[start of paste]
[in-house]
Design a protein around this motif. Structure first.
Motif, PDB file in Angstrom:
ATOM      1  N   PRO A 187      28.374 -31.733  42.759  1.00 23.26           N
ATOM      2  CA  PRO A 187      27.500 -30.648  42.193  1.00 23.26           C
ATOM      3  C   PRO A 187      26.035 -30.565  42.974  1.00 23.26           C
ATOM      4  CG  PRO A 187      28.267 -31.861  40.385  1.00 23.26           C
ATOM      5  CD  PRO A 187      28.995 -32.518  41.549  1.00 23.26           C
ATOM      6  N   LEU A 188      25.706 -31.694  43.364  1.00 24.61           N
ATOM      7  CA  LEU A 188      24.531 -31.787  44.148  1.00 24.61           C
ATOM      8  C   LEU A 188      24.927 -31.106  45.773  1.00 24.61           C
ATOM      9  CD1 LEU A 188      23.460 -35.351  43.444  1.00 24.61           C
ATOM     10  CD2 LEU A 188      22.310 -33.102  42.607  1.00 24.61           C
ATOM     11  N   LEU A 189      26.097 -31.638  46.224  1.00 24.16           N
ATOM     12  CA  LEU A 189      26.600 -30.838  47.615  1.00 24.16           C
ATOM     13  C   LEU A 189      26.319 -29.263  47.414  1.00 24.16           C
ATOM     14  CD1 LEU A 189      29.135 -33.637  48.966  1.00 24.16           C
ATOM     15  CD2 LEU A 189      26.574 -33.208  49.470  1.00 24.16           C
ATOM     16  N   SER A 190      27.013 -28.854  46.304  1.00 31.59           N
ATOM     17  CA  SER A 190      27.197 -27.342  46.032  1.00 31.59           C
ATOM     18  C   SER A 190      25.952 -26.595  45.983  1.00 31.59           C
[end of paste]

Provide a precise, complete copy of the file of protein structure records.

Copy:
[in-house]
Design a protein around this motif. Structure first.
Motif, PDB file in Angstrom:
ATOM      1  N   PRO A 187      28.374 -31.733  42.759  1.00 23.26           N
ATOM      2  CA  PRO A 187      27.500 -30.648  42.193  1.00 23.26           C
ATOM      3  C   PRO A 187      26.035 -30.565  42.974  1.00 23.26           C
ATOM      4  CG  PRO A 187      28.267 -31.861  40.385  1.00 23.26           C
ATOM      5  CD  PRO A 187      28.995 -32.518  41.549  1.00 23.26           C
ATOM      6  N   LEU A 188      25.706 -31.694  43.364  1.00 24.61           N
ATOM      7  CA  LEU A 188      24.531 -31.787  44.148  1.00 24.61           C
ATOM      8  C   LEU A 188      24.927 -31.106  45.773  1.00 24.61           C
ATOM      9  CD1 LEU A 188      23.460 -35.351  43.444  1.00 24.61           C
ATOM     10  CD2 LEU A 188      22.310 -33.102  42.607  1.00 24.61           C
ATOM     11  N   LEU A 189      26.097 -31.638  46.224  1.00 24.16           N
ATOM     12  CA  LEU A 189      26.600 -30.838  47.615  1.00 24.16           C
ATOM     13  C   LEU A 189      26.319 -29.263  47.414  1.00 24.16           C
ATOM     14  CD1 LEU A 189      29.135 -33.637  48.966  1.00 24.16           C
ATOM     15  CD2 LEU A 189      26.574 -33.208  49.470  1.00 24.16           C
ATOM     16  N   SER A 190      27.013 -28.854  46.304  1.00 31.59           N
ATOM     17  CA  SER A 190      27.197 -27.342  46.032  1.00 31.59           C
ATOM     18  C   SER A 190      25.952 -26.595  45.983  1.00 31.59           C